On the way we stumbled across a Bhatbhateni supermarket which is the closest thing to a “Wal-Mart” here. This Bhatbhateni seemed luxurious compared to the one we use most. This one actually had aisle signs! It was clean and products weren’t all over the floor in boxes in front of the shelves. Haha, we laughed at how such small things can make one so happy. Which reminds me — the other day before picking Paul up at the airport I was expecting a cold shower, (since that’s been the reality for 3 weeks) and then all of a sudden the water got warm…warmer.. and then hot! I could actually stand under it normally without having to stick my right foot in and take my left arm out and shake it all about.. I was so overcome with happiness!
That shower ended up being quite pointless though. When I went to meet Paul at the airport I tried going on my own, taking a taxi, on my own, and all that, on my own. It began raining cats and dogs and there I was – in the dark, in the rain without an umbrella, trying to wave taxis down and when I finally got one he tried robbing me (no, not literally)! He wanted to charge me 800Rs ($8) because of course I am a foreigner. 1 hour later I retreated back to the apartment soaking wet and my roommate and I took a bus to the airport – which only costs 15Rs (15 cents) per person.
Talking our way to Thamel
Saturday is my day off, so Paul and I decided to venture out again and just walk to the famous area called Thamel, which is about 45 minutes from where I live. You discover so much more by traveling on foot. One of the most memorable moments I’ve had is when, on our way there, we walked past this area that was obviously very damaged by the earthquake. There was a pagoda style Hindu temple in the middle of rubble, dirt, broken bricks, and mud, and walking across it all were two little girls; they both stared at us as we did them when all of a sudden they both started giggling. The eldest of the two held up a smart phone she was carrying. She was taking a picture of us taking a picture of them. To her, we were the interesting folk to look at; with our foreign clothes and hair, backpacks and face masks. And to us, here were two little Nepalese girls walking alone through the earthquake rubble and mud that contradicted a beautiful, old temple standing in the background.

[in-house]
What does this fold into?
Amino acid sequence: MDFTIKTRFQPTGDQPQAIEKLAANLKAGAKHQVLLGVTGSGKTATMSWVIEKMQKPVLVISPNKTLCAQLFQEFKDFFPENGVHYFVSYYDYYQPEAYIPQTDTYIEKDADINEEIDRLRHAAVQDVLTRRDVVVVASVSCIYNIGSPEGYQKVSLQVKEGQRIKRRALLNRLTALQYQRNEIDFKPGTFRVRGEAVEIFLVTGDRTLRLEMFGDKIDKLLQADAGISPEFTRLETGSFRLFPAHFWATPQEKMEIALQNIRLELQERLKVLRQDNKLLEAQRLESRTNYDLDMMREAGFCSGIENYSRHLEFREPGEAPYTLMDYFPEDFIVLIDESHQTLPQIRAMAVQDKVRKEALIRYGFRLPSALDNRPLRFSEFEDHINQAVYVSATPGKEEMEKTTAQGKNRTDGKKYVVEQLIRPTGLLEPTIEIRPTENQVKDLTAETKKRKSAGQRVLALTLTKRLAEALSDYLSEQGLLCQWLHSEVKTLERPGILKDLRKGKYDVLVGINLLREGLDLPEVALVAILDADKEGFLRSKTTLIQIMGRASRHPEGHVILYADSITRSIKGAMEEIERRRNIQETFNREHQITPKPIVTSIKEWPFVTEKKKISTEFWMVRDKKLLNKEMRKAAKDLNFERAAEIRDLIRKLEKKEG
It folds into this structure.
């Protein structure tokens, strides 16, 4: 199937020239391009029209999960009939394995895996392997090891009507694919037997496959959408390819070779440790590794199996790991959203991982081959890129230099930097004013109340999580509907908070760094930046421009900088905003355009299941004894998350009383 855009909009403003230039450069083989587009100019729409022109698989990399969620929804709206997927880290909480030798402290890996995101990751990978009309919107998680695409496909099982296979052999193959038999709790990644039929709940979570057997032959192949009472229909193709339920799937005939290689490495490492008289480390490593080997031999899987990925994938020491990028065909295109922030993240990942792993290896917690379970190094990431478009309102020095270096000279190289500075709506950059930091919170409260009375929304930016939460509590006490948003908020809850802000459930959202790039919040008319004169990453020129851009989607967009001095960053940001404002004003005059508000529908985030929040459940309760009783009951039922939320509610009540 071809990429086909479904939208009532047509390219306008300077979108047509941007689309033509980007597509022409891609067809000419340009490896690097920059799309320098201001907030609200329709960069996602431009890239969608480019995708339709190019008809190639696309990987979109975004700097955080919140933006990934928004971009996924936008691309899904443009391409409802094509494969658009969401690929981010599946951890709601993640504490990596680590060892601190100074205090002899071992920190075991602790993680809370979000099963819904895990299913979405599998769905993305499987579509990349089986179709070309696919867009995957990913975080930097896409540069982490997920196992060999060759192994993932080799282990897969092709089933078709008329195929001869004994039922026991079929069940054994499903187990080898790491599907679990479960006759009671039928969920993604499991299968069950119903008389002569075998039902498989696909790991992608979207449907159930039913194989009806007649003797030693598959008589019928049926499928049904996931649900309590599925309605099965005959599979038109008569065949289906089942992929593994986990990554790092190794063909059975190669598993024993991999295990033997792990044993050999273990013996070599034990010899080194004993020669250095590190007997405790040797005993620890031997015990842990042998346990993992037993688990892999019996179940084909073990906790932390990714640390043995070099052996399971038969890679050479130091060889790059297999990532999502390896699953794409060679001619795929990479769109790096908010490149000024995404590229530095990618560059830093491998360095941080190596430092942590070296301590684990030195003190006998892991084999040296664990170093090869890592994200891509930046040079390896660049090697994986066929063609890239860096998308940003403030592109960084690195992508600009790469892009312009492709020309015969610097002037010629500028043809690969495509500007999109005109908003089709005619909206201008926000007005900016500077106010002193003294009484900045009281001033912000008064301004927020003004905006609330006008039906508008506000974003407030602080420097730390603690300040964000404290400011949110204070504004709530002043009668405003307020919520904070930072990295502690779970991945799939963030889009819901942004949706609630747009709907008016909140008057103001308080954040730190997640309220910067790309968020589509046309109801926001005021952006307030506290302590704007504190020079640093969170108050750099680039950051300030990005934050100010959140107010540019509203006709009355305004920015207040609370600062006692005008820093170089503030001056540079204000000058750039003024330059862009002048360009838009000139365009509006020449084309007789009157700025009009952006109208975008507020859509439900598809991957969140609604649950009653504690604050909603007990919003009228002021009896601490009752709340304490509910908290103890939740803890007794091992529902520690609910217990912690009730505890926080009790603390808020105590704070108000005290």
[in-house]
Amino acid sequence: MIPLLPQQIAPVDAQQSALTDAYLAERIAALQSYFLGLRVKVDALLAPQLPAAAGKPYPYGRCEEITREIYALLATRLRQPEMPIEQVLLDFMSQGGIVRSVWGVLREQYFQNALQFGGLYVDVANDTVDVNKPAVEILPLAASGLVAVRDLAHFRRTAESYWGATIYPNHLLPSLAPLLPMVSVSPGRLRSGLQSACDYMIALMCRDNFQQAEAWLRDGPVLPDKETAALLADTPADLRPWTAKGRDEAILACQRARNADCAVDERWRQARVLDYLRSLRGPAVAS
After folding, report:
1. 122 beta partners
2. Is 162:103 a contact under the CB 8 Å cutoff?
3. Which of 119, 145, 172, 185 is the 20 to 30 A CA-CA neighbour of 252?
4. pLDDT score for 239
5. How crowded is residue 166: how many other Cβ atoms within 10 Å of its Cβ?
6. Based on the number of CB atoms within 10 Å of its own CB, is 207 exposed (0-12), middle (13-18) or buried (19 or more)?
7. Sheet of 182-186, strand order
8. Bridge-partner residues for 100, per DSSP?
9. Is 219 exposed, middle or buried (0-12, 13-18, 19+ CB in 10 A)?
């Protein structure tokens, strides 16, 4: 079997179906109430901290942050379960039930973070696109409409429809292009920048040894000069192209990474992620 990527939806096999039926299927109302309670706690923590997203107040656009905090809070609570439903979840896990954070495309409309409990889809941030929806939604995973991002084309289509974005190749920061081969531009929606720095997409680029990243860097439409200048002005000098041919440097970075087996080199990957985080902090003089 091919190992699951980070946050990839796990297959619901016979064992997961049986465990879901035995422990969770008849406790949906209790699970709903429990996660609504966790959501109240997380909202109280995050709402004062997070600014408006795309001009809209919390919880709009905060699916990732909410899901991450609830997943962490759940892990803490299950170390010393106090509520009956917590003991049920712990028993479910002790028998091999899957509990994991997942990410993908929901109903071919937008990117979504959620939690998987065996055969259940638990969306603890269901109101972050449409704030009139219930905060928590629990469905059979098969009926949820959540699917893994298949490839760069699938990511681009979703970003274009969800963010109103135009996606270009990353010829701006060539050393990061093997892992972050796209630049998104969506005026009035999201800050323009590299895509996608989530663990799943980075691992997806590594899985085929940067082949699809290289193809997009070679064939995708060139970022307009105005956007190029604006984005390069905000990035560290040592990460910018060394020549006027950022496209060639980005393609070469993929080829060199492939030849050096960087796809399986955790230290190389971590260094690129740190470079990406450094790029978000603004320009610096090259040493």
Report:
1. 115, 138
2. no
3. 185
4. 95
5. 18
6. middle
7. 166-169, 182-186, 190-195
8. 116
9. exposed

Getting closer to Thamel you notice the streets get (a little) cleaner, shops get fancier, and there are more signs in English and not to forget more foreigners too, which was interestingly quite nice. It’s almost as if each time we looked at one another we said, “Hey! I know what you’re going through, we understand each other, white traveler,” when nothing was actually said. Yeah it’s kind of weird. There’s so much to look at walking through the streets in Thamel; the atmosphere is so lively and colorful, it just makes you go, “Whoa, Asia.”
On our way back we paid 200Rs each to get into the “Garden of Dreams” which, compared to the streets, is a beautiful green oasis.
It really separates you from the hustle and bustle of the city. There’s fountains, ponds, statues, critters, palm trees, benches, etc. I mean it was worth the visit.
We sat down for overpriced coffee at a fancy restaurant inside the garden. But it was probably the best cappuccino I’ve ever had, considering I wasn’t really a coffee person until I got here ^^ Nonetheless, it was well worth the visit. When we left to walk back home, we were “attacked” to put it harshly, by a fake holy man. It was a money scam, but we didn’t have the time to figure that out. An old man just walked up to Paul and put a red dot on his forehead and said “it okay I am holy man.” Uh, I don’t think so, sir. He “blessed” us both with a wilted flower on our heads and with a quick ring of his small bell. Then he said “Money, money, money.” Feeling so awkward with our ridiculous thumb-sized red dots I took out a one dollar bill, which he wasn’t too happy with. Hey, money is money.
In the meantime..
When not out and about, time here is spent waiting out the monsoon rains by playing Spongebob monopoly or a game of chess, maybe even watch a movie or two, play with Yoda, chase Yoda, cook dinner, write, read, and work of course from 10-5, except when there are announced strikes/protests (bandhs/banda). Hope you enjoyed reading a little more about life so far in Kathmandu!
Hi Grandma & Grandpa! Just wanted to give a quick shout out if you’re reading this to tell you we miss you and love you both so much!!! <3